With $500 I suggest you really take your time... and for the first few months at least do not even THINK about making a living out of it. It's an INVESTMENT and all good investments take time and very careful planning to pay off. You absolutely must experience first hand all the ups and downs of poker in a safe zone (i.e. NL10) before moving to NL50, and trust me the downswings can not only make you hate poker, but your entire existence! (yeah i've been there :D )... so that when you hit your downswing on NL50 you'll think "yeah I've been through this before, I can cope with this shit".

      Don't ignore the advice from seednoir and yax... play poker for the love of the game. If you don't regularly get dreams in your sleep about poker then you're not loving it enough :D
    • Berzerger
      Berzerger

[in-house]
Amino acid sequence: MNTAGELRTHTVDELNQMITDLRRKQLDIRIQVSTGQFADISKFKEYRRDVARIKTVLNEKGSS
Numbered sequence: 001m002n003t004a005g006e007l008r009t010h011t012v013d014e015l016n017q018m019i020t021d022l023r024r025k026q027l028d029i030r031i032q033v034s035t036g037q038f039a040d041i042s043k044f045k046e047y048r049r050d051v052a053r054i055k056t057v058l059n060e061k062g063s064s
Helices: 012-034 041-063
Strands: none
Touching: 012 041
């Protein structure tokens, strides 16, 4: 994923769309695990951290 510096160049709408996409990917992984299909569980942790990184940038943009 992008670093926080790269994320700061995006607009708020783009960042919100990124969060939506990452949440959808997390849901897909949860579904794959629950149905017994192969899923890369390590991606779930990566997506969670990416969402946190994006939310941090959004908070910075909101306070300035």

Bronze
      Joined: 24.03.2008 Posts: 910
      After reading the word roulette in your post, I can already advise you not to go pro until you have at the very least imposed a stop-loss limit on yourself, like 2 BI per session or something. If you play poker for a living and get as much as one tilt phase, you might lose a week's pay. There's more to this game than you think, even if you can beat it.

      But if you're really up to taking poker seriously, start with investing as much time in working on your game as you do in playing it. Poker is more of a battle against yourself than it is against your opponents. What they do and how much they win/lose is of no importance, the important thing is you, how you play and how profitable your play is. Whenever you're feeling even slightly ticked off your comfort zone, end the session. Tired, angry, drunk, stoned, emotional, not 100% sure you're cool? End the session.

      And lastly, just don't try to tell yourself "today I must earn $x, and I won't stop before I have that money". If you start setting financial goals for yourself, it will inevitably go wrong (been there, done that). When you notice you're making a steady profit on a regular basis, you can do the math and make a decision on whether or not you want to go pro. Don't make that decision first and then see if you can do it in practice. Just my 2 cents.